Pop quiz: You're an English literature major about to graduate from college. You have never heard the words "butt" and "plug" used in conjunction with one another. How hard would it be for you to figure out how said butt-plug, ahem, works?
Because for Anastasia Steele (call her Ana), the independent-minded yet virginal protagonist in the big screen translation of E.L. James' self-published-novel-turned-runaway-best-seller Fifty Shades of Grey, the name of this seemingly self-explanatory sex toy might as well be the riddle of the Sphinx. Yup, Ana's the kind of girl who looks up in awe at a generic Seattle skyscraper and whispers, "Wow."
Newcomer Dakota Johnson (daughter of Don Johnson and Melanie Griffith) plays the bookish-but-beautiful coed, who interviews 27-year-old billionaire Christian Grey (Jamie Dornan) for her college newspaper and ends up falling head over ... well, we'll get to that.
First, can we talk about director Sam Taylor-Johnson's dogmatically literal production design, which seems to think that 50 Shades refers to Benjamin Moore paint swatches? Suits, ties, office suites, marble floors and even Christian's leggy assistants – who look like they stepped out of a Robert Palmer music video (or, worse, a Helmut Newton photo shoot) – are all clad in monochromatic hues. For a heaving bodice-ripper about sexual kink, the art direction is awfully sterile, recalling the works of David Cronenberg. Sleek it is. Sexy it is not.
Even Anastasia's naked body is presented as more of a study in aesthetic shape and form than the physical embodiment of sexual passion and longing. Taylor-Johnson (Nowhere Boy) shoots her two leads with all the eroticism of a well-designed floor lamp, which is fitting, since Kelly Marcel's script gives the characters nearly as much depth.
As for the story itself, hunky, humorless Christian becomes ravenously attracted to our spirited young heroine and starts wooing her with all the creepy, controlling charm of American Psycho's Patrick Bateman. He shows up at her workplace (a hardware store) to buy duct tape and plastic ties, he chastises her for drinking, he sells her VW without her consent and replaces it with something sportier, and he whisks her off to Seattle in his helicopter –all before firmly warning that there won't be any romance in their relationship.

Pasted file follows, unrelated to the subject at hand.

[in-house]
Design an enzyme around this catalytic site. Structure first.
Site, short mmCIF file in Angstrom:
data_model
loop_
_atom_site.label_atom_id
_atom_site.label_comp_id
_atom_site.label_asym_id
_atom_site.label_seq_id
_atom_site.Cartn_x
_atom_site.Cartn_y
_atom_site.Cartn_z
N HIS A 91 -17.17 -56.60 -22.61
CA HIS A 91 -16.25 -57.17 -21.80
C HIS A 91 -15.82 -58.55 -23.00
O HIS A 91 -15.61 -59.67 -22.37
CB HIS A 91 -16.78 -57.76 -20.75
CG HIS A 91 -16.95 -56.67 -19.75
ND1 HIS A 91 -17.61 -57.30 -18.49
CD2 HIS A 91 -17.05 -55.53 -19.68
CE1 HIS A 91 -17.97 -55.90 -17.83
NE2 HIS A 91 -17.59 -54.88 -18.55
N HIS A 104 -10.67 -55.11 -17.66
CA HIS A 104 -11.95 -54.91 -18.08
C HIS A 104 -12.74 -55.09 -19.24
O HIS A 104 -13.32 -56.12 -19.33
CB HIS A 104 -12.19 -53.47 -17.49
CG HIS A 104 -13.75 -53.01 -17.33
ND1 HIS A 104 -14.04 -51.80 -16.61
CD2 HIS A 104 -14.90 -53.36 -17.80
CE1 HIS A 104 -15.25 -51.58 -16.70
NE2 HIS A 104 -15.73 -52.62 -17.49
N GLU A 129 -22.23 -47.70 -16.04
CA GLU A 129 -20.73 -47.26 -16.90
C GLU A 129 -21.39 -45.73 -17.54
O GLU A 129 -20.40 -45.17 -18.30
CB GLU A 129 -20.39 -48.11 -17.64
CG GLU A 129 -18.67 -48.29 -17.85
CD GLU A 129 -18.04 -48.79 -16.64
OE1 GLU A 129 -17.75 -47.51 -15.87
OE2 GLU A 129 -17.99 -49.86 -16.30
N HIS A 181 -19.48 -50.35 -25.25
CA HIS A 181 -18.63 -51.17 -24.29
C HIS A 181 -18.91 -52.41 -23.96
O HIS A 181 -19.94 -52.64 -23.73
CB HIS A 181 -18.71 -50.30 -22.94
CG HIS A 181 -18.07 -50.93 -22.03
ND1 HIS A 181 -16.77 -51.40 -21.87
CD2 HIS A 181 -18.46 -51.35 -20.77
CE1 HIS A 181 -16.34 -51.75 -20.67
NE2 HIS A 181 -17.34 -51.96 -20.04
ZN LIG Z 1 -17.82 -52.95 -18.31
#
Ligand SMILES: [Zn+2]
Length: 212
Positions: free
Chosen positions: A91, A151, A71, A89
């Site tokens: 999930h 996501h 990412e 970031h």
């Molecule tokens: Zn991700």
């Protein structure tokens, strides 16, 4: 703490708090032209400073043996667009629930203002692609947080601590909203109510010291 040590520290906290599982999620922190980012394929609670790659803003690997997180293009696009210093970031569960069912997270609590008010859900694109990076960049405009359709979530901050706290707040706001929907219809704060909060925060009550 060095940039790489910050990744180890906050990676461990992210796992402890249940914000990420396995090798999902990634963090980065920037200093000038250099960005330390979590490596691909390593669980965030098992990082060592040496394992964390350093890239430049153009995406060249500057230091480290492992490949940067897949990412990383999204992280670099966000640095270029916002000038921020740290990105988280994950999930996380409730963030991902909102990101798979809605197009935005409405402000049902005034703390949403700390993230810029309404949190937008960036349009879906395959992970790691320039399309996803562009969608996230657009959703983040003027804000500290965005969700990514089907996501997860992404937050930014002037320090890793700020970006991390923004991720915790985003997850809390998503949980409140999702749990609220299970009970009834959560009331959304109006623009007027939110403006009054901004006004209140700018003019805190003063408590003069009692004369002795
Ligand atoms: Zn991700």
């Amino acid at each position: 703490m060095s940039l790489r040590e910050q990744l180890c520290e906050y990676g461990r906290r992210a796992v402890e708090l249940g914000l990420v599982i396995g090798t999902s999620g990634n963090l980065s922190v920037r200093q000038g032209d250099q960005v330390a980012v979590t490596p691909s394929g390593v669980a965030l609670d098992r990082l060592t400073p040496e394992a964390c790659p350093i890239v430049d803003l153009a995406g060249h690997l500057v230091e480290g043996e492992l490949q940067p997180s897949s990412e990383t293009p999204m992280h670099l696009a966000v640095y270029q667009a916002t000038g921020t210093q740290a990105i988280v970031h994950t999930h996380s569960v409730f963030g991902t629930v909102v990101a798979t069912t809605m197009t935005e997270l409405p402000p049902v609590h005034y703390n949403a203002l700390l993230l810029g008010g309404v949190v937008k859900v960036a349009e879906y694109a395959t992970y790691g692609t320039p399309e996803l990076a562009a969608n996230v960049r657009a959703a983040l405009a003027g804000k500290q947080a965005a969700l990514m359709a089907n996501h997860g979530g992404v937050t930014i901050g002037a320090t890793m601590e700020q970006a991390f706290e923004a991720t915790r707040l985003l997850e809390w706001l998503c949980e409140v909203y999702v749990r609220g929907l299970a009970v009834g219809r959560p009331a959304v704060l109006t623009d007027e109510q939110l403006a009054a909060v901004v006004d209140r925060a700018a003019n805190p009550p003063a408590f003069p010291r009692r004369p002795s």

See, Christian doesn't do "the girlfriend thing" ... except for that one time he calls her his girlfriend. And he's not going to sleep in the same bed with her ... except for that one time that he does. And he's not going to make love to her ... well, except for that one time that he does. But if Ana really wants a relationship with him, hearts and flowers will have to be replaced by whips and ropes and, occasionally, some post-coital piano playing.
The crux of the drama – nearly half the Fifty Shades running time – revolves around whether Ana will sign the multi-page contract that will officially make her Christian's "submissive." His chiding inflames her to respond with coquettish maybes, coy "I'm not sures" and troubled "I haven't decided yets."
Despite that ambivalence, Ana decides to sample Christian's distinctive mix of self-pitying BDSM and OCD by becoming intimate with his secret "playroom," a bondage-themed rec room as imagined by Louis Vuitton. It, of course, leads her to experience never-before-attained levels of erotic satisfaction.
The question Fifty Shades of Grey ultimately inspires is: Is this really what millions of American women find sexy? A schlocky, 1 percent consumer wet dream punctuated by decorous kink? In Fifty Shades author E.L. James' world, passion is expressed through wealth and gifts rather than communication and consent. Putting aside her insultingly ignorant view of BDSM culture, there's a weird bit of sociology going on here, one where women crave to be dominated by damaged, controlling men – and even invite their desire to abuse them.
Perhaps I am missing some gender-coded nuance that makes James' story less vapid and creepy than it seems. But I suspect the real reason for Fifty Shades of Grey's popularity is a combination of media hype and a near absence of quality alternatives. Female sexuality has never fared particularly well in the male-dominated book industry. After all, is any literary genre ridiculed with the kind of scorn that's reserved for romance novels?
If there's a bright spot to be found in this dull and dreary film, it's in Johnson's performance. Though she doesn't share an ounce of chemistry with her co-star, and the script can't decide whether Ana's an independent-minded woman or a fickle doormat, the young actress does a credible job of giving her character both dignity and vulnerability. If only the film itself reflected half her talent.
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